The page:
In "Lamb to the Slaughter," Mary Maloney is cool and calculating when it comes to murder. Discuss.

In "Lamb to the Slaughter," Mary Maloney is not cool and calculating when it comes to murder. She is, however, cool and calculating when it comes to covering up evidence of her crime and protecting herself and her unborn child.

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I would argue that Mary Maloney was cool and calculating when it came to covering up a murder, but not to murder itself.

Prior to the beginning of the story, Mary has no intention of bludgeoning her husband, Patrick, to death. However, when he tells her that he is leaving her and then adds insult to that injury by telling her that he does not want dinner, she goes into a blind rage and instinctively hits him over the head with the leg of lamb that she had planned to prepare for dinner.

The sound of her husband's dead body falling to the floor brings Mary back to her senses. She realizes that for her own sake, as well as the sake of her unborn child, she needs to think smart. As a result, she becomes very cool and calculating. She goes to the grocery store and plays out a rehearsed scene, then reaches home and pretends to be shocked at the discovery of Patrick's body. She then cooks the leg of lamb as planned and asks the police officers to eat it, which makes a very handy and irreversible way of disposing of the murder weapon.

Mary's ingenious method of concealing her crime is definitely the work of a cool and calculating mind. The actual act of murdering her husband appears to have been an impulse in the heat of the moment more than anything else.

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Mary Maloney feels nothing "except a slight nausea and a desire to vomit" immediately before she kills her husband. A short while before, she was utterly devoted to him. The murder is obviously unpremeditated: a crime of passion. Her attitude to committing murder is, therefore, far from cool and calculating. She sees a weapon and strikes. There is no reason to think that she considers how much trouble the police will have in identifying and discovering such an unlikely murder weapon.

It is only when she reflects on what she has done that Mary comes out of the shock which has enveloped her ever since her husband announced he was leaving her:

It was extraordinary, now, how clear her mind became all of a sudden. She began thinking very fast.

It seems that, always having subordinated herself to her husband, Mary changes fundamentally when she realizes she must lose him. She becomes numb and helpless, then snaps and commits murder. After this, she is cool, calculating, and even amused. Mary is far from cool or calculating when she commits murder, but she rapidly acquires these qualities when it comes to escaping detection.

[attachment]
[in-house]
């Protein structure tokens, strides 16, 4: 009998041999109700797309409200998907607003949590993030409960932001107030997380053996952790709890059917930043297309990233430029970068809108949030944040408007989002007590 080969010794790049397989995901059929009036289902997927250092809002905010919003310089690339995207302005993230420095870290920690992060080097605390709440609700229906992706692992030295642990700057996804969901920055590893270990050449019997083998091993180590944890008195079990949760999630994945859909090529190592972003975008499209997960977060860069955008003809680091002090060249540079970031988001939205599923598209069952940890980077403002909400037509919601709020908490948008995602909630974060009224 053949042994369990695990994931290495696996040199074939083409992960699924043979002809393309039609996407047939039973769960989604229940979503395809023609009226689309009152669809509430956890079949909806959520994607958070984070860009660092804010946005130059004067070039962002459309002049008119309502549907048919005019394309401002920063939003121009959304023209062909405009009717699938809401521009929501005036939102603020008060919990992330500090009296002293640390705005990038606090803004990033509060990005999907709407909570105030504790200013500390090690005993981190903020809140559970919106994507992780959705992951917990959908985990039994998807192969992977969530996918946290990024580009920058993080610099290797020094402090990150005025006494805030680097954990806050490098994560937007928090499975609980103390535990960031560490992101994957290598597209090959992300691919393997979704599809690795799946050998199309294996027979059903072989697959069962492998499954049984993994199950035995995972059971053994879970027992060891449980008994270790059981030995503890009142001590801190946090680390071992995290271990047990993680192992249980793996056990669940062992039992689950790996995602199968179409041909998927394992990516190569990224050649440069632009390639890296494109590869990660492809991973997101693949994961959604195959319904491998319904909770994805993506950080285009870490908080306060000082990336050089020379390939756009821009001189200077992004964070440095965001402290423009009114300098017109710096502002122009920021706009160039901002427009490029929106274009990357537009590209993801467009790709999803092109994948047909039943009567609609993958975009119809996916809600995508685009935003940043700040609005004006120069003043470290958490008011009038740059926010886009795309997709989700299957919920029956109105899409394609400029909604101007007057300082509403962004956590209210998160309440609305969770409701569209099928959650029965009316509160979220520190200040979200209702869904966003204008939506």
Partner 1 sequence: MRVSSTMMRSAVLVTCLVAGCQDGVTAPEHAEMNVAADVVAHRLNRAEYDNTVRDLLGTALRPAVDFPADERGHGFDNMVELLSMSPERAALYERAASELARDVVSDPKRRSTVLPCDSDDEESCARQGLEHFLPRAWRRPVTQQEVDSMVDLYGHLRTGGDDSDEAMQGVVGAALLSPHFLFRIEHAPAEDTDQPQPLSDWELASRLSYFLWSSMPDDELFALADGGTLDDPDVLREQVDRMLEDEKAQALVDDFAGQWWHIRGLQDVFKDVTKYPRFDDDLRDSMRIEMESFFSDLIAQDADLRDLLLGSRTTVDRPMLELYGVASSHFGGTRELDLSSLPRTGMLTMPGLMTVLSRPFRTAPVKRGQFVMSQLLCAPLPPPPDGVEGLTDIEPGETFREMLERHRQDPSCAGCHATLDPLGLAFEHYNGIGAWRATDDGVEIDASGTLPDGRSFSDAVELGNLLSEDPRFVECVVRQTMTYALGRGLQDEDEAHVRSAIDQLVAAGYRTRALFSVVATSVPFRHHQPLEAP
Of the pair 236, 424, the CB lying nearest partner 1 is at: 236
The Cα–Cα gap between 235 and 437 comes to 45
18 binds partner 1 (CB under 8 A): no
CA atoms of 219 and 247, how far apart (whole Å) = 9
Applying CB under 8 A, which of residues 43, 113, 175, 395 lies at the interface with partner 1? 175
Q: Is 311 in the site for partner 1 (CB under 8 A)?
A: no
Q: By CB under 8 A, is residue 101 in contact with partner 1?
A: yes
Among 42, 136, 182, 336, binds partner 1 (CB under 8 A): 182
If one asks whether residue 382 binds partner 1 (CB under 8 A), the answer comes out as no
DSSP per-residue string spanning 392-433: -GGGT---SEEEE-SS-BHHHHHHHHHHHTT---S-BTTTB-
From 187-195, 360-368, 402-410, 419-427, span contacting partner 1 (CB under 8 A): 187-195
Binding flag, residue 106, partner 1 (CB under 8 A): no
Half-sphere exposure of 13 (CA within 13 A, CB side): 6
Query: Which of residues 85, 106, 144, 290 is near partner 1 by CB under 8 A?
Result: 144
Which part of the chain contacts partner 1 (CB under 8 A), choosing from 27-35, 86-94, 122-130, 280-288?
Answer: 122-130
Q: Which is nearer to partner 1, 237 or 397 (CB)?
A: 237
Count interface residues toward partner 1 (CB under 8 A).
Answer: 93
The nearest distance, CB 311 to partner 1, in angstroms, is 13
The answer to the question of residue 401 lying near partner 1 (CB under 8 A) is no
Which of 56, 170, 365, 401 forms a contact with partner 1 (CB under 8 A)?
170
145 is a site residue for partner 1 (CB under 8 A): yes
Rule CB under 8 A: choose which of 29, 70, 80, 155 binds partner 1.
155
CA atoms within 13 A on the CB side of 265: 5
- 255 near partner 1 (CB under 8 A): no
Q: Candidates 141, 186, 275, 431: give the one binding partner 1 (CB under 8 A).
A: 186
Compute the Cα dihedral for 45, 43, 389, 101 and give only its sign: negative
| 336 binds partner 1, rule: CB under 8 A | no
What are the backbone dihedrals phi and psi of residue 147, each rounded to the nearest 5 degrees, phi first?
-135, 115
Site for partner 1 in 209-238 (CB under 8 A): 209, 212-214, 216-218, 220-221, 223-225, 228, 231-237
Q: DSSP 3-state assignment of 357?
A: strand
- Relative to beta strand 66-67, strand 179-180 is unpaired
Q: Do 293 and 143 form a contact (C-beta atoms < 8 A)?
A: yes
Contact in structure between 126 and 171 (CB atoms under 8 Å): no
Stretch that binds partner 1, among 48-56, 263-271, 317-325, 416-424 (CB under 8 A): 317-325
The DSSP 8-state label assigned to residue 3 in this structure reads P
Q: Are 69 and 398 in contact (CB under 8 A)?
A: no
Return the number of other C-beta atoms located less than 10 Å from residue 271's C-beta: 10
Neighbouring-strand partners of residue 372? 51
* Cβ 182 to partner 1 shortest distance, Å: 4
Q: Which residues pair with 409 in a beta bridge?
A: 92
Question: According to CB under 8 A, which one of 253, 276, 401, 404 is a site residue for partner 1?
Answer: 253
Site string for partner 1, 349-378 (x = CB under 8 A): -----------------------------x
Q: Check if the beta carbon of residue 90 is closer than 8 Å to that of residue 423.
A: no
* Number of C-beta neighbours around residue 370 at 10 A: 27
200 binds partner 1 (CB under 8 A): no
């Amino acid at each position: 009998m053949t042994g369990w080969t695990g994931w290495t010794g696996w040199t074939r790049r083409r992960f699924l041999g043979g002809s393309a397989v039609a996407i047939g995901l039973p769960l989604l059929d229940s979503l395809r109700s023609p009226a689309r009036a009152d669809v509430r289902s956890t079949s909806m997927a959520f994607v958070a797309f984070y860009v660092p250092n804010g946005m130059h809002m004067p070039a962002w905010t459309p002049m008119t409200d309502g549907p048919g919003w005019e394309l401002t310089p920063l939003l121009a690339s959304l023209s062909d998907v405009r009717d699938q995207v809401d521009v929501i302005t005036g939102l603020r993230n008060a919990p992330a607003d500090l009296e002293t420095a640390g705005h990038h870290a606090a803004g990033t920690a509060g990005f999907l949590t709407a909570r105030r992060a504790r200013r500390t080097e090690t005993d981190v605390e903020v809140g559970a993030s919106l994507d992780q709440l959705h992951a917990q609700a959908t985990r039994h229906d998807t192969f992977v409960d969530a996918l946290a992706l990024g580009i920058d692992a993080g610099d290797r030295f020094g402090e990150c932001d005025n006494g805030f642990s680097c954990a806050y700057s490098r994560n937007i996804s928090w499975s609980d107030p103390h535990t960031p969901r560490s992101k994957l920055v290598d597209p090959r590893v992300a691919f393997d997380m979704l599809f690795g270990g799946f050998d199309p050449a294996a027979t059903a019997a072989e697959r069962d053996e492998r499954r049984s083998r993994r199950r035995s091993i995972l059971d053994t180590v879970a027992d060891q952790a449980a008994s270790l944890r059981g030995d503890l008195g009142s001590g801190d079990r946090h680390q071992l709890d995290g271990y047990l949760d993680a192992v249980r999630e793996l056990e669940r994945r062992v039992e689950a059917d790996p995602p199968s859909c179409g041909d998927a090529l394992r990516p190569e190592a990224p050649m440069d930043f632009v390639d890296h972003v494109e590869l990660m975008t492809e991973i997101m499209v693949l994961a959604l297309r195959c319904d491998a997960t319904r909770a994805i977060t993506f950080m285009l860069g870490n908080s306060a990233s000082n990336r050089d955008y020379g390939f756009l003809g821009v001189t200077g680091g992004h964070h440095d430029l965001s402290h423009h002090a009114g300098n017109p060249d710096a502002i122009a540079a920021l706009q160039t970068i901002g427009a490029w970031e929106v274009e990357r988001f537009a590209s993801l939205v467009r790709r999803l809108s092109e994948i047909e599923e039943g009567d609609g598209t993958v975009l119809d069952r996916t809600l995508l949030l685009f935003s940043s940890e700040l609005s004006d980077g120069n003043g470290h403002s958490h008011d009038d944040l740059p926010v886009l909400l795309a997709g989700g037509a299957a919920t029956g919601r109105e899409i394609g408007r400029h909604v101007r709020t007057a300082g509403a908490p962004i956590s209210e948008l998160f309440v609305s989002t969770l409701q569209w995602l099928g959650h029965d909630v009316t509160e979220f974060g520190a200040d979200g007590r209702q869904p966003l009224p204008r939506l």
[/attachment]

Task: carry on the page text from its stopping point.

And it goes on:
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After Mary Maloney realizes that she has killed her husband, her reaction is very calm, considering the circumtances.  One might expect her to freak out, to go into hysterics, to weep and sob, to have a panic attack, to pace about, etc.  Instead, she calmly assesses the situation.  Dahl writes of her reaction,

"All right, she told herself.  So I’ve killed him.  It was extraordinary, now, how clear her mind became all of a sudden... What were the laws about murderers with unborn children?...Mary Maloney didn’t know.  And she certainly wasn’t prepared to take a chance."

As she realizes what she has done, she also realizes that her baby might be in danger.  She knew that she needed to cover up the crime to protect the child.  So, being a detective's wife, she realizes that she needs an alibi.  Dahl points out that she is a detective's wife, and that probably aids in her ability to remain calm and to assesss the situation more clearly in terms of what needed to be done.  She goes to the store, concocts a story about Patrick being tired so not wanting to go out.  This establishes an alibit--she was at the store, so couldn't have murdered him.  Also, it leaks information that Patrick is at home, alone--the perfect setup for a murderer to enter.  She even mentions the lamb in the oven, to cover any possible suspicions of it being the weapon.  Then, on the way home, she tries to psych herself out to get in the right mindframe for making the call to the police.  She needs to sound shocked; on the way home she thinks,

"And now, she told herself as she hurried back, all she was doing now, she was returning home to her husband...and if, when she entered the house, she happened to find anything unusual, or tragic, or terrible, then naturally it would be a shock and she’d become frantic with grief and horror. "

This little pep talk works, and as she walks in and sees him on the floor, she actually feels shock.  She has been so calm this entire time, and seeing him there really hits her.  She uses this emotion in the phone call to sound sincerely upset.  After that, it isn't hard--the house is swarming with policemen, asking her questions, and they take the lead.  The last bit of cunning on her part is getting them to eat the evidence; very clever, and it isn't until the cops mention that the weapon is probably "right under our very noses" that she loses it and begins to giggle.  The story ends there, so who knows if she got a grip or lost it completely, but at least through the story, she displays remarkable calm and cleverness.  I hope that those thoughts helped; good luck!

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